Stocks Close on Bullish Note Ahead of Jobs Data, Long Weekend
Stocks ended a short trading week higher, closing up for the sixth straight session as the major market indexes reflected a bullish bias ahead of Friday's jobs data and next week's start of quarterly earnings season.
"The market drifted higher all week long. I'll give you a dozen different reasons why it shouldn't but the markets just keep going up," Mike Driscoll, head of listed trading at Bear Stearns, told CNBC.com. "That's a fairly encouraging sign going into quarterly earnings."
"You can't fight a rising market like this," Driscoll added. "Everyone says the market should not be doing this, but it would take a brave soul to step in front of this and go short. Guys who are trying to get cute and short this thing are really getting their heads handed to them."
For the week, the Nasdaq gained 2.2%, the Dow Jones Industrial Average rose 1.7% and the S&P 500 climbed 1.5%. The major markets hit a six-week high and have now almost fully recovered from the late-February stock selloff.
For the year, the Nasdaq is now up 2.3%, while the S&P is up 1.8% and the Dow up 0.8%.
Market Confident Now
"The market is relatively confident right now and investors are getting more comfortable with the subprime issue," said Mike Malone, trading analyst at Cowen and Company. "The housing data got the rally started this week, we had the First Data deal and it was a quiet week in terms of earnings warnings."
Trading volume was relatively light in Thursday's session, however, in part because of Friday's March unemployment report, which will be released when the stock market is closed for Good Friday.
"The lack of liquidity tomorrow is going to probably give you an exaggerated response to the number," said Richard Gilhooly, senior bond strategist at BNP Paribas.
On Thursday, billionaire financier Kirk Kerkorian's investment firm Tracinda offered DaimlerChrysler $4.5 billion for the German automaker's Chrysler division. Tracinda said its offer was contingent upon a new labor agreement with the United Auto Worker's union. DaimlerChrysler shares rose more than 5% while General Motors shares gained 2.8%.
Breadth was positive on the NYSE with advancing shares outpacing decliners by nearly two to one. Eight of the 10 sectors in the S&P 500 traded higher, with gains led by shares in healthcare, consumer discretionary and technology, while basic materials stocks lagged the overall market.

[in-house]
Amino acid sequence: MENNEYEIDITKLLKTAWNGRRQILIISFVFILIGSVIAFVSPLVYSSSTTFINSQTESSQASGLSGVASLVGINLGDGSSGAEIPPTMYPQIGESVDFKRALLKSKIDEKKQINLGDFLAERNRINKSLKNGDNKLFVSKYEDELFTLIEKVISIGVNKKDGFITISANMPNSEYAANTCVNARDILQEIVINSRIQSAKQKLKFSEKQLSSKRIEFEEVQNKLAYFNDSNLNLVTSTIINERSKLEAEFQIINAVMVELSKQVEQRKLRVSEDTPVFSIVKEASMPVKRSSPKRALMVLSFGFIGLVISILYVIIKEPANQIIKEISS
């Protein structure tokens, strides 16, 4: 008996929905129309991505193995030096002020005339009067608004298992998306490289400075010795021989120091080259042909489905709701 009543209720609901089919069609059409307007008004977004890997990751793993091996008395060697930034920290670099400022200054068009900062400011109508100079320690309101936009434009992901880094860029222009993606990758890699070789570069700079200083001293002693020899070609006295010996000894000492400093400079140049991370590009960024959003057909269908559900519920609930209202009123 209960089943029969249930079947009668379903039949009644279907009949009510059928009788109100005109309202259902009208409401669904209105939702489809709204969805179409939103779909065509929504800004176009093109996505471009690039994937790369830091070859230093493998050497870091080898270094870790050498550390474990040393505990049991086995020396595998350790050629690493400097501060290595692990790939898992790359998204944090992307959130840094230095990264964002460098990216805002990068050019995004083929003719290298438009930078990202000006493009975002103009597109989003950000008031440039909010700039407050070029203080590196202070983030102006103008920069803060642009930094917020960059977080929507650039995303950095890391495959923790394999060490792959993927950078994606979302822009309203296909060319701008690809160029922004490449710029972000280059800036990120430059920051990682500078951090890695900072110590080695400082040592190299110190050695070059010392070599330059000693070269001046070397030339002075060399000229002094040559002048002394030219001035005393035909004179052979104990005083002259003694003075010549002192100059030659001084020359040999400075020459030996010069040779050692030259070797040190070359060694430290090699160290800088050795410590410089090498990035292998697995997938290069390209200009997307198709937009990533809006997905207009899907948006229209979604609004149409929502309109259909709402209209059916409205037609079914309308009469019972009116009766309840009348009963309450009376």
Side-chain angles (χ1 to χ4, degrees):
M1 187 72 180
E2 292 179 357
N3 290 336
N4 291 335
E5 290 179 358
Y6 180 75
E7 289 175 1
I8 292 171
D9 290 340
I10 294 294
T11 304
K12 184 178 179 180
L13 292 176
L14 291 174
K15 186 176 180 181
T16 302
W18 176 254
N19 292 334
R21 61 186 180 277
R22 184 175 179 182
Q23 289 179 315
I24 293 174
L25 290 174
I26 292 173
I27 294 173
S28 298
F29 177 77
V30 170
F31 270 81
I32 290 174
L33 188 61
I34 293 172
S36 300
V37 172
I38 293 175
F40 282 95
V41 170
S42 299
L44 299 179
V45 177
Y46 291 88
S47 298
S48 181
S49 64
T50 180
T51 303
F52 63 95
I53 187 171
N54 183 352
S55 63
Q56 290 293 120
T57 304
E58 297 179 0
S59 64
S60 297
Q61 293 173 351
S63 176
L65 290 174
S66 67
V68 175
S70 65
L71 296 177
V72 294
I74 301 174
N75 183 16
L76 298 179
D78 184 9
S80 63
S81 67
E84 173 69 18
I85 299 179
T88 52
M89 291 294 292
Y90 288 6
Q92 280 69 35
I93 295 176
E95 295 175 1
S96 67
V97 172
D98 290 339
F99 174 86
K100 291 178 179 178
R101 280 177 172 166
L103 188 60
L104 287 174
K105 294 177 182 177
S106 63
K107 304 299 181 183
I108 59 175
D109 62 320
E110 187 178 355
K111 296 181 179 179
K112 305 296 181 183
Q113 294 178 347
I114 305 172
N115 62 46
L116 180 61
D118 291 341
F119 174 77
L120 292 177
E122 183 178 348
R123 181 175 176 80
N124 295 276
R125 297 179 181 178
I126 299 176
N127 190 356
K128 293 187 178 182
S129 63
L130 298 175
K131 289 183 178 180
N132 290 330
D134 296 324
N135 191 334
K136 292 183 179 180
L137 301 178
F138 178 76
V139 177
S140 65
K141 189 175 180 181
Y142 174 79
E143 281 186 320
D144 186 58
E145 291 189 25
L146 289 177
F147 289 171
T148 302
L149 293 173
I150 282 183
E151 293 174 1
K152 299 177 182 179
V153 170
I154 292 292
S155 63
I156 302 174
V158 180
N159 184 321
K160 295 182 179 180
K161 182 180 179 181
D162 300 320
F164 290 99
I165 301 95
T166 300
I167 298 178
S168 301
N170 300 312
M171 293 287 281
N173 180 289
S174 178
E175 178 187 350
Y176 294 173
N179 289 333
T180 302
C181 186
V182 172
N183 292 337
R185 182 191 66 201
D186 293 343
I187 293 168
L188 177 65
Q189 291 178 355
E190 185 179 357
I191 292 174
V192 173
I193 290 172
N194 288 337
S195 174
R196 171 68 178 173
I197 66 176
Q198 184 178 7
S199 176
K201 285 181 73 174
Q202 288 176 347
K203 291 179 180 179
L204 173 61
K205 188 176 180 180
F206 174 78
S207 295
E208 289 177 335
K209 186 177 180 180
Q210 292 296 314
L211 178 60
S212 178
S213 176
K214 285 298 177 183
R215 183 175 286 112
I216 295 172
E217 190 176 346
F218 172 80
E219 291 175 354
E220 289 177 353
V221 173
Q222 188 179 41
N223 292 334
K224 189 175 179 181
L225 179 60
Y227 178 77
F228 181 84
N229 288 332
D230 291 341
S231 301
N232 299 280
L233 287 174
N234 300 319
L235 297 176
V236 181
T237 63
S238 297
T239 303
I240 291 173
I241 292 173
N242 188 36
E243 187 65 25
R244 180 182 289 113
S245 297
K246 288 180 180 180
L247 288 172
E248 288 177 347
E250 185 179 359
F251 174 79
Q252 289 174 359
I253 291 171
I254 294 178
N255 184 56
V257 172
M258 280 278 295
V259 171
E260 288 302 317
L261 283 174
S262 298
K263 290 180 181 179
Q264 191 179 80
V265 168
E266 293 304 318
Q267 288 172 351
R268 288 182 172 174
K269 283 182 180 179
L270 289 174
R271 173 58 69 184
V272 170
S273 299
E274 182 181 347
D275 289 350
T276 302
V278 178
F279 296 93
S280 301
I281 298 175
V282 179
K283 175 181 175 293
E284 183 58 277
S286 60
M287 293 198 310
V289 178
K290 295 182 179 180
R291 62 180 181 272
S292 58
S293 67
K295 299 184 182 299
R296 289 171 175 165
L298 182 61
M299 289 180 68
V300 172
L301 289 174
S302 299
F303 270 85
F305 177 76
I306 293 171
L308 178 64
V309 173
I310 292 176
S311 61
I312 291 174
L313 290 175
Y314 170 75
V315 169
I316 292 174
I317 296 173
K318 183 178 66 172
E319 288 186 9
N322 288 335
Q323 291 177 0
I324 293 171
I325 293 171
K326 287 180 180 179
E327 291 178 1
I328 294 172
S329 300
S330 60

"I expect, day to day, the market is going to be very volatile," David Spika, investment strategist with Westwood Holdings Group, told CNBC.com. "Employment right now is probably at the top of the line and it depends on how the market will interpret tomorrow's data."
Healthcare led sector gainers on Thursday with biotech stocks such as Sepracor, Amgen and ImClone Systems moving higher.
The group was also the best weekly sector performer with a gain of 2.8%. Tech was not far behind with an advance of 2.5%, followed by consumer discretionary stocks, which rose 2.2%. The financial group was the week's notable laggard, gaining just 0.5%.
Biosite, which has agreed to be bought by Beckman Coulter, said that Inverness Medical Innovations has indicated it is ready to make an unsolicited offer for Biosite for $90 a share.
Technology stocks attracted investor attention but early optimism faded for Micron Technology , which saw shares fall after the company reported a wider-than-expected quarterly loss but said memory prices appeared to be stabilizing. Goldman Sachs downgraded the stock to "sell" from "neutral," saying consensus estimates are overly bullish.
Goldman also raised the target price on shares of Yahoo!, sending shares slightly higher.
Microsoft will have to hand over information about its Windows operating system to rivals companies in the European Union for almost zero compensation, under the terms of the European Commission's antitrust ruling, the Financial Times reported Thursday.
Rockwell Automation fell after its chief financial officer, James Gelly, resigned to pursue other opportunities. The resignation prompted JP Morgan to downgrade the stock to "neutral" from "outperform."
Ryland Group rose after the homebuilder issued preliminary first-quarter results which provided some optimism for analysts. Wachovia Securities said the company had a stronger-than-expected quarter operationally as the first-quarter cancellation rate of 28% improved from 49% in the fourth quarter.
New York light crude futures declined but prices hovered just above $64 a barrel as the 15 British soldiers detained by Iran returned to London. Natural gas inventories rose by 58 billion cubic feet last week, the Energy Information Administration said.
Weekly jobless claims for the week ending March 31 rose by 11,000 to 321,000, above economists estimated increase of 7,000.
U.S. markets are closed on Friday in observance of Good Friday. Aluminum maker Alcoa will be the first of the Dow 30 components to announce quarterly earnings when it reports on April 10.
The bond markets will be open on Friday, however. Treasury yields held steady on Thursday ahead of tomorrow's jobs report.
Europe Closes Higher But Asia Ends Mixed
The Bank of England kept interest rates on hold on Thursday, as widely expected. Many economists now expect the central bank to raise rates in May, boosting stocks.
Britain's benchmark FTSE-100 closed higher, Germany's DAX finished up in Frankfurt while the Paris CAC-40 turned slightly positive late in the session.
Tokyo's Nikkei 225 Average finished lower following a two-day rise, with Fast Retailing and other recent gainers dropping and lower oil prices weighing on energy stocks such as Nippon Oil.
South Korea's Kospi Index closed at a second straight record high led by technology counters such as LG.Philips LCD on expectations earnings are set to recover, but ran out of steam to close flat as investors locked in gains in banks and steel firms.